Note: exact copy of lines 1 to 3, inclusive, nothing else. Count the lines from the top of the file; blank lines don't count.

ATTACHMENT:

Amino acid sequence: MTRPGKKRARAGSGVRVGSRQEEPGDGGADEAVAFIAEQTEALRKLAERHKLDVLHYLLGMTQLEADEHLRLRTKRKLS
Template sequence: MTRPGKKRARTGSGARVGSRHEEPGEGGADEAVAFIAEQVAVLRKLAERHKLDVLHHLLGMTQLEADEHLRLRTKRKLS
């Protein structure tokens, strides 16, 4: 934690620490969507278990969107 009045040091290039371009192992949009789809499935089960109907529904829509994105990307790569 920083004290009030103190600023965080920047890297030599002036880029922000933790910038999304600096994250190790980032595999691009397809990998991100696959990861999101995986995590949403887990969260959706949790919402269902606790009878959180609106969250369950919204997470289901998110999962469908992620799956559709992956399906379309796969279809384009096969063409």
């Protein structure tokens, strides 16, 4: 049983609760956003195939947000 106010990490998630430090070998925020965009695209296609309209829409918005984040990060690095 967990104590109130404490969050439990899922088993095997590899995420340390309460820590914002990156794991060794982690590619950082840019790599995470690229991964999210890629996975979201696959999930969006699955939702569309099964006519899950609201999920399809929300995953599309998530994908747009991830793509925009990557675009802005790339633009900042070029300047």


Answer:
Amino acid sequence: MTRPGKKRARAGSGVRVGSRQEEPGDGGADEAVAFIAEQTEALRKLAERHKLDVLHYLLGMTQLEADEHLRLRTKRKLS
Template sequence: MTRPGKKRARTGSGARVGSRHEEPGEGGADEAVAFIAEQVAVLRKLAERHKLDVLHHLLGMTQLEADEHLRLRTKRKLS
């Protein structure tokens, strides 16, 4: 934690620490969507278990969107 009045040091290039371009192992949009789809499935089960109907529904829509994105990307790569 920083004290009030103190600023965080920047890297030599002036880029922000933790910038999304600096994250190790980032595999691009397809990998991100696959990861999101995986995590949403887990969260959706949790919402269902606790009878959180609106969250369950919204997470289901998110999962469908992620799956559709992956399906379309796969279809384009096969063409």